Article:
Leah Perlmutter (she/her)

About me

I am a PhD student studying Human-Robot Interaction at the University of Washington's Paul G. Allen School of Computer Science and Engineering. I am currently on the job market looking for a one-year teaching faculty or teaching postdoc role beginning in autumn 2022. Next year I will be searching for a permanent teaching role in conjunction with my partner's faculty job search.

I started my PhD work in 2016. My advisor is Maya Cakmak and I work in the Human-Centered Robotics Lab. In 2017 I was awarded an NSF Graduate Research Fellowship.

I am passionate about building communities of people of diverse genders in computer science. In 2018 the UW Society of Women Engineers recognized me with the Outstanding Female Engineer Award for my work in organizing women's events for undergraduate and graduate students.

In 2020, I passed my Qualifying Examination, a major milestone towards my PhD, and earned my Master's degree in Computer Science and Engineering.

In 2021, was accepted into Cohort 2 of the Cultural Competence in Computing (3C) Fellows Program, run by Dr. Nicki Washington and others in the Duke University Identity in Computing Lab. 3C is a 2 year program where I am studying to figure out how I can address systemic racism in undergraduate CS education systems during my future career as a teaching professor.

I am a proud member of UAW 4121 where I am an elected steward and volunteer organizer.

Teaching

TA for CSE 374: Intermediate Programming Concepts and Tools, University of Washington Allen School of Computer Science and Engineering Autumn 2021 (Kasey Champion), Spring 2021 (Megan Hazen), Autumn 2020 (Kasey Champion)

Instructor for CSE 331: Software Design and Implementation, University of Washington Allen School of Computer Science and Engineering Summer 2018

TA for CSE 331: Software Design and Implementation, University of Washington Allen School of Computer Science and Engineering Summer 2021 (Ardi Madadi), Spring 2018 (Zach Tatlock)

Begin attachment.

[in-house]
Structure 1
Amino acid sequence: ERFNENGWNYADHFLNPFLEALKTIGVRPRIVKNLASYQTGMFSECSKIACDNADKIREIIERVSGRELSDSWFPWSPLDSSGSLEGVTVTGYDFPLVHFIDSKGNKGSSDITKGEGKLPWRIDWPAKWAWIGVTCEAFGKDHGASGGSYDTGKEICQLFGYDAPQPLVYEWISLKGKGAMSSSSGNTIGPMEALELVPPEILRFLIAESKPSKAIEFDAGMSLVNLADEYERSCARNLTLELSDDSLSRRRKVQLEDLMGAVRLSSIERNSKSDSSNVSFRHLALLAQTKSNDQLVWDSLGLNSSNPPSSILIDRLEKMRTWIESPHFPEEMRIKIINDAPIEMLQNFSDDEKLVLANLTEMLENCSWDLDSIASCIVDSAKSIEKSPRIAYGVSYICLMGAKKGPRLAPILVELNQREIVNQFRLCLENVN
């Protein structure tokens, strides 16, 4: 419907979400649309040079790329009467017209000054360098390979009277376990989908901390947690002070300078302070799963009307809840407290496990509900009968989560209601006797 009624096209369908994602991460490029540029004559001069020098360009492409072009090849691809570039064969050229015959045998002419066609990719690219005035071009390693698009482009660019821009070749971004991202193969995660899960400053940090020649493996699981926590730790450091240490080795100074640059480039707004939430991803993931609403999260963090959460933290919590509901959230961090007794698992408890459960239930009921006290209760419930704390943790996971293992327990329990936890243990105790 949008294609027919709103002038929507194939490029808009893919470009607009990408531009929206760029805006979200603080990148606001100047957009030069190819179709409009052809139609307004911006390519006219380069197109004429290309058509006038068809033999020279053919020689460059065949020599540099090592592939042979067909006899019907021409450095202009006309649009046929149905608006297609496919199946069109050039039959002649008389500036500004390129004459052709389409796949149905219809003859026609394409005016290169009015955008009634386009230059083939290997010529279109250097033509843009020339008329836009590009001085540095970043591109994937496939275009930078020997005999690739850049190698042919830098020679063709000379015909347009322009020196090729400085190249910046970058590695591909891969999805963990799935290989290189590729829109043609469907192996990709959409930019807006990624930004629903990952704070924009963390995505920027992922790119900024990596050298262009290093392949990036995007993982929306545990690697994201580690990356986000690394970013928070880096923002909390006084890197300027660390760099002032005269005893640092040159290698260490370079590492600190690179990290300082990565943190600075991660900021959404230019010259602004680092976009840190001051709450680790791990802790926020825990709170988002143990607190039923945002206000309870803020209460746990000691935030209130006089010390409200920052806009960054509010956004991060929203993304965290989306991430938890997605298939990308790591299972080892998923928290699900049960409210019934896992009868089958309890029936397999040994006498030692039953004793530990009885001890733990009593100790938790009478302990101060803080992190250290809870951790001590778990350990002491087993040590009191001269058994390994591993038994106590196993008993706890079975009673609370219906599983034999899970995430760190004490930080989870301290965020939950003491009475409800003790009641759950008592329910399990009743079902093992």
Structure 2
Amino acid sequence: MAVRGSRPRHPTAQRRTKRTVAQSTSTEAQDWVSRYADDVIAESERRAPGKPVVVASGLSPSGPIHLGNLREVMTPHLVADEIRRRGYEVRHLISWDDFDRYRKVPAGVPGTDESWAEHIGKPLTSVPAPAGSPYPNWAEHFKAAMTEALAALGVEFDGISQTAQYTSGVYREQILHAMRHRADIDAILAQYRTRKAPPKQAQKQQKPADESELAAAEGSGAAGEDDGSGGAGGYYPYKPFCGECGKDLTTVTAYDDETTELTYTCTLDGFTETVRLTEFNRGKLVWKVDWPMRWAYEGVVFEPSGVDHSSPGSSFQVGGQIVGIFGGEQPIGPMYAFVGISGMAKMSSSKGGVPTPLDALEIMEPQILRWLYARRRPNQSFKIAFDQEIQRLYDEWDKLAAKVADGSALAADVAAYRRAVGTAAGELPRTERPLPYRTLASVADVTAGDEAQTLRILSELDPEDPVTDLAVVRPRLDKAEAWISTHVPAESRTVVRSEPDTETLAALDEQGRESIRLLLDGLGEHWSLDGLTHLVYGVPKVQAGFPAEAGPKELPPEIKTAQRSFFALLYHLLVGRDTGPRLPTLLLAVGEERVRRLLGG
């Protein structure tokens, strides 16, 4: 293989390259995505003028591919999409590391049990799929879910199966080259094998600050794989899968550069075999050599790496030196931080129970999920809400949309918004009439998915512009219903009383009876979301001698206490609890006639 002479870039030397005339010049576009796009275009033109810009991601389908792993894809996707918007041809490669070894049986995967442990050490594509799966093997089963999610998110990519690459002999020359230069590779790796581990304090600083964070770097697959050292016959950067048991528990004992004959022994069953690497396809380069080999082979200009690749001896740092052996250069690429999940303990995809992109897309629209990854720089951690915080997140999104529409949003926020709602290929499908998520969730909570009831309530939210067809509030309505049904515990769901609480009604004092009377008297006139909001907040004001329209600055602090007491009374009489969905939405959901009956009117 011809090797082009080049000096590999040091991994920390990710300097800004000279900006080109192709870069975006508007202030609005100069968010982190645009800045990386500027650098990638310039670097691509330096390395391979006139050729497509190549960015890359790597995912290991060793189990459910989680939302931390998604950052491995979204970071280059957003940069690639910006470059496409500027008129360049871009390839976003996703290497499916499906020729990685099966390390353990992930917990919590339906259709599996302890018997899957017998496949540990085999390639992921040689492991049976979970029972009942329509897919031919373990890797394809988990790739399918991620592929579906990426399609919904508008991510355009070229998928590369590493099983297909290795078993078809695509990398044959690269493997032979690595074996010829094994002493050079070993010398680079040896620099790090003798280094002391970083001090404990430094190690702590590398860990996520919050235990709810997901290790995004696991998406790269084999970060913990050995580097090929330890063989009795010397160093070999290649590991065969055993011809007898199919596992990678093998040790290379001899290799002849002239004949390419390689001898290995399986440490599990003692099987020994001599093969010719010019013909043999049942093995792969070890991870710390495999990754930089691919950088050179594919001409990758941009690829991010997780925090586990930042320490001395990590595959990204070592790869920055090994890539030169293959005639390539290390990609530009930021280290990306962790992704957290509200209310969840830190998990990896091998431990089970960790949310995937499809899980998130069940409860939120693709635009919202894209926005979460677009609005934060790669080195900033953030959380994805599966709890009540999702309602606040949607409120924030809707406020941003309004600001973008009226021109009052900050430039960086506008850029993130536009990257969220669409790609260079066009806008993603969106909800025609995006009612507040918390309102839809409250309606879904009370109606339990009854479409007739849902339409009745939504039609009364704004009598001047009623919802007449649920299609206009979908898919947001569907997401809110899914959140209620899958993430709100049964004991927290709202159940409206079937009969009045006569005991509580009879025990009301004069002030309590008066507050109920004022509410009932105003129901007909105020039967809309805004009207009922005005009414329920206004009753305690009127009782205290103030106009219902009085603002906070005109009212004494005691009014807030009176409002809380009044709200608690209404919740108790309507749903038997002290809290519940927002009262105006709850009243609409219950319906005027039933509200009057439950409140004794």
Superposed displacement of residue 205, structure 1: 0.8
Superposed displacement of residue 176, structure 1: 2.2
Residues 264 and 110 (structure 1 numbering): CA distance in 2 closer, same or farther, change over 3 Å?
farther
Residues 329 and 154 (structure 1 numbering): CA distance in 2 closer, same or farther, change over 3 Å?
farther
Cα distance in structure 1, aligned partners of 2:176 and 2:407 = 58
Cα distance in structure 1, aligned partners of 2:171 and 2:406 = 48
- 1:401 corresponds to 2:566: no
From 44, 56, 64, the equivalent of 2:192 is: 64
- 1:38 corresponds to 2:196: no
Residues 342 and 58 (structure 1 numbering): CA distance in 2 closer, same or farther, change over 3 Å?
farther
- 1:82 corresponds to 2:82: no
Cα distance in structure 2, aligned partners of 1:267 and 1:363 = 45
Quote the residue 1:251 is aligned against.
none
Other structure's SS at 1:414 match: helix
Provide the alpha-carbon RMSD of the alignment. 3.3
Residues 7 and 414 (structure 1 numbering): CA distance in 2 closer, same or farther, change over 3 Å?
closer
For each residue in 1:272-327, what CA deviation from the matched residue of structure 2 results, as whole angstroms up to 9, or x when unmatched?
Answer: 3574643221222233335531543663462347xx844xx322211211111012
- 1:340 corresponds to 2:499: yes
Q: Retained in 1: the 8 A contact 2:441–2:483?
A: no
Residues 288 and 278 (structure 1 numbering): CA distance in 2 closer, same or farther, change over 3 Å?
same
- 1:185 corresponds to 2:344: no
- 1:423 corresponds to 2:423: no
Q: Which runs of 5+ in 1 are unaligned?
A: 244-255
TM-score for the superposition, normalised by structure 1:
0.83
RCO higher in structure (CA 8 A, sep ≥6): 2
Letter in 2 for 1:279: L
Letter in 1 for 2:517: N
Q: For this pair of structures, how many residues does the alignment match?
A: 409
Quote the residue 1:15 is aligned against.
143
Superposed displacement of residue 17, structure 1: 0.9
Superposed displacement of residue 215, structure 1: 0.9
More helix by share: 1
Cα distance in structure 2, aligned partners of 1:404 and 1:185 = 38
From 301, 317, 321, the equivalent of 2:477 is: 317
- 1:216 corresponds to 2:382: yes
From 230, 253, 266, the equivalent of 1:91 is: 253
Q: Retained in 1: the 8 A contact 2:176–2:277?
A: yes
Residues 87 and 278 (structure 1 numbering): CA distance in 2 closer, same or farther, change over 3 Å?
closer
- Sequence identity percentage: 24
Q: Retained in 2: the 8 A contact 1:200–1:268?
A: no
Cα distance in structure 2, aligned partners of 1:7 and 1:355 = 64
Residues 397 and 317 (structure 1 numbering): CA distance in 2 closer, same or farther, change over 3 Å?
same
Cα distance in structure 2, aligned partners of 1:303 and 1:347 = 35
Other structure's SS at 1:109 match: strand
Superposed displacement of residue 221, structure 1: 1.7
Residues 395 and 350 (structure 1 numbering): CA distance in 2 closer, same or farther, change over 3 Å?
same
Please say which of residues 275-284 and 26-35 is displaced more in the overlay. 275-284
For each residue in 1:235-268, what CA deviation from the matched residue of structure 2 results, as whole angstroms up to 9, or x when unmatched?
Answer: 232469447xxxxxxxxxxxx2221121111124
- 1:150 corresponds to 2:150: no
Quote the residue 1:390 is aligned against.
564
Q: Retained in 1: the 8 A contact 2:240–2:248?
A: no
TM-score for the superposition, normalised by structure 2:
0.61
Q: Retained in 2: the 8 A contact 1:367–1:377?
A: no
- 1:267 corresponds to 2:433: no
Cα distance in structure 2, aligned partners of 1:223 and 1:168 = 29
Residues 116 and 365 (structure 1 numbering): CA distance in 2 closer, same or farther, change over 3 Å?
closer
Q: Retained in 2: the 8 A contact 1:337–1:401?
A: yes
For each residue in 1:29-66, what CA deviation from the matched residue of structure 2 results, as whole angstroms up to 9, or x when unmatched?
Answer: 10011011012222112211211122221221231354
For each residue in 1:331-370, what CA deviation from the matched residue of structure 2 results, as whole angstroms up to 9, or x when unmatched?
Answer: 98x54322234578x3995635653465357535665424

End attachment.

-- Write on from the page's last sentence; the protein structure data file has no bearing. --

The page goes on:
TA for CSE 143: Introduction to Computer Programming II (CS 1.5), University of Washington Allen School of Computer Science and Engineering Winter 2021 (Brett Wortzman)

Lab TA, Colby Computer Science Department, September 2011 - May 2012

Contact

leahperl AT uw DOT edu

Publications

Bindita Chaudhuri, Leah Perlmutter, Justin Petelka, Philip Garrison, James Fogarty, Jacob O. Wobbrock, and Richard E. Ladner. 2019. “GestureCalc: An Eyes-Free Calculator for Touch Screens.” In ASSETS 2019, 112–23. Pittsburgh, PA, USA: ACM. doi:10.1145/3308561.3353783. [PDF] [Tutorials: Digits (visual), Operators (visual), Digits and Operators (text-based)]

Leah Perlmutter, Bindita Chaudhuri, Justin Petelka, Philip Garrison, James Fogarty, Jacob O. Wobbrock, and Richard E. Ladner. “Demonstration of GestureCalc: An Eyes-Free Calculator for Touch Screens.” In ASSETS 2019, 667–69. Pittsburgh, PA: ACM, 2019. doi: 10.1145/3308561.3354595. [PDF] [Tutorials: Digits (visual), Operators (visual), Digits and Operators (text-based)]

Thomas Weng, Leah Perlmutter, Stefanos Nikolaidis, Siddhartha Srinivasa, and Maya Cakmak. “Robot Object Referencing through Legible Situated Projections.” In ICRA 2019, 8004–10. doi: 10.1109/ICRA.2019.8793638. [PDF]